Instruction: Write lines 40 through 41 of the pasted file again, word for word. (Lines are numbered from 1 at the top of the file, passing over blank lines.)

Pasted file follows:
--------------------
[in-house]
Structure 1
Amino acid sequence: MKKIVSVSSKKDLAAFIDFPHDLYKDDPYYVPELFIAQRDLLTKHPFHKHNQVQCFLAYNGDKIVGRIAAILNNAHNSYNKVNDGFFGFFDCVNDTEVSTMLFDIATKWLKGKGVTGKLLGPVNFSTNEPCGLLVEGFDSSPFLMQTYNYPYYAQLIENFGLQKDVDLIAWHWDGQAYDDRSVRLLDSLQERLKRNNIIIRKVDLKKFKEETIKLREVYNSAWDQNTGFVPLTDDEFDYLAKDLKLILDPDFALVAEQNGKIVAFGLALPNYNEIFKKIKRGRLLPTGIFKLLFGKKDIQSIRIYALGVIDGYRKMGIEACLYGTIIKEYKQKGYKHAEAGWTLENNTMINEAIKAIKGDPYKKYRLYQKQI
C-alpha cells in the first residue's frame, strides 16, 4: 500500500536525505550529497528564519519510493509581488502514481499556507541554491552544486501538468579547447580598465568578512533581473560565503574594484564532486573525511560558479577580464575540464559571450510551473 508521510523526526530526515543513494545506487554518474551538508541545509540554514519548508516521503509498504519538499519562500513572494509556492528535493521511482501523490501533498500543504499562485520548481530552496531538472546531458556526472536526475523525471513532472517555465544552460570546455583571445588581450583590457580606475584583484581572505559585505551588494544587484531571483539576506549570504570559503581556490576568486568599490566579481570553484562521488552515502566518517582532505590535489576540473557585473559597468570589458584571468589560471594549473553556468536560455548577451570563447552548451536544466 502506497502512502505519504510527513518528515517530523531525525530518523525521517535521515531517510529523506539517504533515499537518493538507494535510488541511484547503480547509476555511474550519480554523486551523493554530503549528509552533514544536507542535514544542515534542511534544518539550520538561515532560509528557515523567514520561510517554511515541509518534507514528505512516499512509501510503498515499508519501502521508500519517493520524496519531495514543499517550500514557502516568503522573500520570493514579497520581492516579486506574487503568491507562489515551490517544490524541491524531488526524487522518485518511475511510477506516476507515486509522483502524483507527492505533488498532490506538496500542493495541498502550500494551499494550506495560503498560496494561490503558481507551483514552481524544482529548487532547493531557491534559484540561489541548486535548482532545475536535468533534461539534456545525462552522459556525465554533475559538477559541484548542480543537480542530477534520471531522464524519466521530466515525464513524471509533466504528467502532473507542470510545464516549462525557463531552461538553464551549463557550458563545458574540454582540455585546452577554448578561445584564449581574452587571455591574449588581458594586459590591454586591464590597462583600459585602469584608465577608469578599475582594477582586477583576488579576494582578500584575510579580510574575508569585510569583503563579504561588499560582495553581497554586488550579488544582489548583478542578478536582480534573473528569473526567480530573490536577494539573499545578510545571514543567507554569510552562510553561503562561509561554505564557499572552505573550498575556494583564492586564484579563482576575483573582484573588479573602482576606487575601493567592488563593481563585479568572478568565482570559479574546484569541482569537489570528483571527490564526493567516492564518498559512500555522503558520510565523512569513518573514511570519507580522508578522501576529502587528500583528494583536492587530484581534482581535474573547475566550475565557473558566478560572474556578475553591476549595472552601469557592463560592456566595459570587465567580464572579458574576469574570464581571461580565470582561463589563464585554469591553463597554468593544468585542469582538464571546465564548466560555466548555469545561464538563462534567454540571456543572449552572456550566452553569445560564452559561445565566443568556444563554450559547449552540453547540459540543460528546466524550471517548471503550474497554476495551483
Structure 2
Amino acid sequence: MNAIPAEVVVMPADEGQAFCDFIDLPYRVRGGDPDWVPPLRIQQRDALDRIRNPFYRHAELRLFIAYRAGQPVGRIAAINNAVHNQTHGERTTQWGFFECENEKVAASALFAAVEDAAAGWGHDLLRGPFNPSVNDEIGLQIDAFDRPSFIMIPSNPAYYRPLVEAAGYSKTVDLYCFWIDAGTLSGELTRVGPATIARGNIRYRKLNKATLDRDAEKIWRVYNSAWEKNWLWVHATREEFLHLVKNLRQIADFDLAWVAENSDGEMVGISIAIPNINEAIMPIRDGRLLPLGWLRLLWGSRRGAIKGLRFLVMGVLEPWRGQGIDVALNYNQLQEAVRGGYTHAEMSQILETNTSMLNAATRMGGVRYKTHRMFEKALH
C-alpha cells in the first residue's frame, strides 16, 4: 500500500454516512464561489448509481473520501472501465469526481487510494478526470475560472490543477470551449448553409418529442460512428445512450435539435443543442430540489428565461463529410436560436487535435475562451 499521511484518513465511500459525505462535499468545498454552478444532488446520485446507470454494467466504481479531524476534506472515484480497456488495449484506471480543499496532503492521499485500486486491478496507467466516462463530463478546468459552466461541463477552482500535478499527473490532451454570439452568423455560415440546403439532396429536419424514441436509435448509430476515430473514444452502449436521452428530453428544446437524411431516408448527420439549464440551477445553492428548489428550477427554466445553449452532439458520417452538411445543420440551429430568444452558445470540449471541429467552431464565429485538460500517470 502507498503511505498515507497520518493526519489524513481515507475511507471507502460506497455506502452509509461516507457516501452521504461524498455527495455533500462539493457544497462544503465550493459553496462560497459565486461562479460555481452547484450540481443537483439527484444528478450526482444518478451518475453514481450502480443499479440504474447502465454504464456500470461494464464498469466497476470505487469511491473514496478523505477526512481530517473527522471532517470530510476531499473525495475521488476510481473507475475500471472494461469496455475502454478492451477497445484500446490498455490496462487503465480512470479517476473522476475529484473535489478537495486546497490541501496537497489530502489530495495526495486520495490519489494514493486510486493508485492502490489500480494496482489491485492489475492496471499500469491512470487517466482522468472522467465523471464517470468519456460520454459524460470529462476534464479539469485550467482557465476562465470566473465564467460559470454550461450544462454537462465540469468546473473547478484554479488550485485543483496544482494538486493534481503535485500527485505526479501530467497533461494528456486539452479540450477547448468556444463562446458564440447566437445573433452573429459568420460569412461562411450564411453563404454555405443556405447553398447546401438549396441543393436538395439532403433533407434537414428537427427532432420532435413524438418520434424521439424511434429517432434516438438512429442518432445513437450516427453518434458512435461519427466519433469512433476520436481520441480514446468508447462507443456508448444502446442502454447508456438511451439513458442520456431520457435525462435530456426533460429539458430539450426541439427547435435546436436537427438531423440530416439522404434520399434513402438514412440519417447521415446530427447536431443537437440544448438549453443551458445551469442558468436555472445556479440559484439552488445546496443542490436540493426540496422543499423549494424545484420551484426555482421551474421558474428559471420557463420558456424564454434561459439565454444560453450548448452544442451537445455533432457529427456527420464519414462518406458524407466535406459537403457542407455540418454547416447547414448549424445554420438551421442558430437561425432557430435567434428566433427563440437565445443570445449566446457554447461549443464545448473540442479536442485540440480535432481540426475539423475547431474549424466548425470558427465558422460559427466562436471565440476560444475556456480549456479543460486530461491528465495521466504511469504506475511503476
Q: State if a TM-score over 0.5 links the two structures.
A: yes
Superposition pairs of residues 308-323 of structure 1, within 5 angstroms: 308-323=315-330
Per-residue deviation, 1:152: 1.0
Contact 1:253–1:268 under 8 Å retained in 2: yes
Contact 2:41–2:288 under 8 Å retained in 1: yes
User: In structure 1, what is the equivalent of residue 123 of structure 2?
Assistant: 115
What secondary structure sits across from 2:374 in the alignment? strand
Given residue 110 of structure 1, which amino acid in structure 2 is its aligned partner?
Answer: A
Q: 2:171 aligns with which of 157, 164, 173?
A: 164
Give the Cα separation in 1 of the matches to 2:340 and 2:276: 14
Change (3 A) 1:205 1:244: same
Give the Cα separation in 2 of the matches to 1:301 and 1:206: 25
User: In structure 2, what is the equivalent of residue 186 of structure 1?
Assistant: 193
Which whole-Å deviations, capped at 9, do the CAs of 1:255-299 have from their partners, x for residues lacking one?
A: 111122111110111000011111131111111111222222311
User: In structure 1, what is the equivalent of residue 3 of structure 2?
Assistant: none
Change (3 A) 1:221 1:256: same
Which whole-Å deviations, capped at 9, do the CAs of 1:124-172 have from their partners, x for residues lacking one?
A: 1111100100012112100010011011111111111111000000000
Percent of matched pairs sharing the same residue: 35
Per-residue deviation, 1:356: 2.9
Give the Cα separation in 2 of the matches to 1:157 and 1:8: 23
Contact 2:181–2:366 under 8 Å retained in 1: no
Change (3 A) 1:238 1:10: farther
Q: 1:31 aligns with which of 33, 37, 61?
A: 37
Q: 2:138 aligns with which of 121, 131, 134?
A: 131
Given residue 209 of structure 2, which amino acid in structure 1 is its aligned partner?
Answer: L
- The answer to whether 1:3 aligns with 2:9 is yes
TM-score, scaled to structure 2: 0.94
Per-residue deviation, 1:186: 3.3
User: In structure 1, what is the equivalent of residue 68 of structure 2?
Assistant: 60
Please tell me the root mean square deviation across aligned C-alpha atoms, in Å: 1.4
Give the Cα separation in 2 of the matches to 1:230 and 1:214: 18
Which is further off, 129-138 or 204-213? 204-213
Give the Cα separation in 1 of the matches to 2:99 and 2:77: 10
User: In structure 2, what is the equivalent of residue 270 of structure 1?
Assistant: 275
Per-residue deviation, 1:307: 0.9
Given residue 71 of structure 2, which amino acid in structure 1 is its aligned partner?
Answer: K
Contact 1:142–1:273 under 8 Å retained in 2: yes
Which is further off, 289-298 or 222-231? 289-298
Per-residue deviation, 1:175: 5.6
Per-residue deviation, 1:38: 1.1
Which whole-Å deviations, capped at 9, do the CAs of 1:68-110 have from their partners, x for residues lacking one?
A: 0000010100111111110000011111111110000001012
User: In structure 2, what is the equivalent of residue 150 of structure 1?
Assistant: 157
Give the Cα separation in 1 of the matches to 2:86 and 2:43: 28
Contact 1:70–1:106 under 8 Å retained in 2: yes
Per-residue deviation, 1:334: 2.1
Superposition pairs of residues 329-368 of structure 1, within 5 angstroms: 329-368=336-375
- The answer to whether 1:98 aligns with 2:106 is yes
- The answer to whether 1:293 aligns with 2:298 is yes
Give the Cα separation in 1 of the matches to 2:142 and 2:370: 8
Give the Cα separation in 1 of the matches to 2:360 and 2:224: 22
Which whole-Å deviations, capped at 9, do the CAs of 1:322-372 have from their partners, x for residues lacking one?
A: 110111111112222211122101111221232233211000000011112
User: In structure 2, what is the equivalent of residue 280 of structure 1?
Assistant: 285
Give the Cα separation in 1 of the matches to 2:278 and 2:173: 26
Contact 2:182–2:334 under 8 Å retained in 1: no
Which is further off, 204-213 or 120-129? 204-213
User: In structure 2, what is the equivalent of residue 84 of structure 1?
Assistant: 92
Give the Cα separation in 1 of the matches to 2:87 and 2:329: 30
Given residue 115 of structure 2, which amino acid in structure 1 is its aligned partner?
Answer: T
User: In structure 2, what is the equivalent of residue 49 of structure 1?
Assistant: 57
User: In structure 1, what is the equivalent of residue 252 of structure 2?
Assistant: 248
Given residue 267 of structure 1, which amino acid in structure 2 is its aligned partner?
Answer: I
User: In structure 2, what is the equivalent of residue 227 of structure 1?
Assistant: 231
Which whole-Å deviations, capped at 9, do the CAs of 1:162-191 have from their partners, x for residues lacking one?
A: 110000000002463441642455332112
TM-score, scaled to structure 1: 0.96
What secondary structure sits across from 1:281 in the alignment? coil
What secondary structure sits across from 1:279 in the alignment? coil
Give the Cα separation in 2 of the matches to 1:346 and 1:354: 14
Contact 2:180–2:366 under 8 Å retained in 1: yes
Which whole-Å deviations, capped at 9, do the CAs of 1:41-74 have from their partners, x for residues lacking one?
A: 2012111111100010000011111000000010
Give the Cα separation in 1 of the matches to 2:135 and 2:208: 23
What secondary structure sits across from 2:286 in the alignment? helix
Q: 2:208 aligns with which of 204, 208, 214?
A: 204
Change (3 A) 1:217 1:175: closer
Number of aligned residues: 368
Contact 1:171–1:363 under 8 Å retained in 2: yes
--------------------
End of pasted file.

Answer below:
Q: 2:138 aligns with which of 121, 131, 134?
A: 131